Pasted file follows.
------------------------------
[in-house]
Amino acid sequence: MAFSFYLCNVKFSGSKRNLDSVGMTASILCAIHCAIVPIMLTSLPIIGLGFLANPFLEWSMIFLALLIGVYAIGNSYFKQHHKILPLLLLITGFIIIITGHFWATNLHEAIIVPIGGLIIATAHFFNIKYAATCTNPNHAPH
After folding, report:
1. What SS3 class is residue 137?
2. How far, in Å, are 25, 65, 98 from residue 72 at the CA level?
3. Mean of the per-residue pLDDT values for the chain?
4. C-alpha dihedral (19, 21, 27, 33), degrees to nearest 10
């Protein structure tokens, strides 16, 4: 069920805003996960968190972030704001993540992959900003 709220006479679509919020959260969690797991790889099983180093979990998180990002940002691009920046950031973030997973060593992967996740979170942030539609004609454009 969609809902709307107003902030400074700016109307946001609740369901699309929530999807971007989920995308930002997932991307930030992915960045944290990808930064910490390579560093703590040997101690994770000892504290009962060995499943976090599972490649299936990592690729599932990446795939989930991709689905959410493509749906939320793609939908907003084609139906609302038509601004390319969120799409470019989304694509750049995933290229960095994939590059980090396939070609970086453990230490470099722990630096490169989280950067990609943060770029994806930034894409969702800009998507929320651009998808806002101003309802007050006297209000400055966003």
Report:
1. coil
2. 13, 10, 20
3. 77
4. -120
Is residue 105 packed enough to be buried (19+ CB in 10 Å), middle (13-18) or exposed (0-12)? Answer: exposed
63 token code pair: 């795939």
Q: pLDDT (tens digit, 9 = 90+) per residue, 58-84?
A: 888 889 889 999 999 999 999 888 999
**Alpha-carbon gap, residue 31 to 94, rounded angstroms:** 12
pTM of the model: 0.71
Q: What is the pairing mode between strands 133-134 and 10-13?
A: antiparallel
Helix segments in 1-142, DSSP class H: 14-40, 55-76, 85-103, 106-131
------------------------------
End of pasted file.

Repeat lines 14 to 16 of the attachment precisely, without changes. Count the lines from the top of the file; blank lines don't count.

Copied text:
Is residue 105 packed enough to be buried (19+ CB in 10 Å), middle (13-18) or exposed (0-12)? Answer: exposed
63 token code pair: 């795939």
Q: pLDDT (tens digit, 9 = 90+) per residue, 58-84?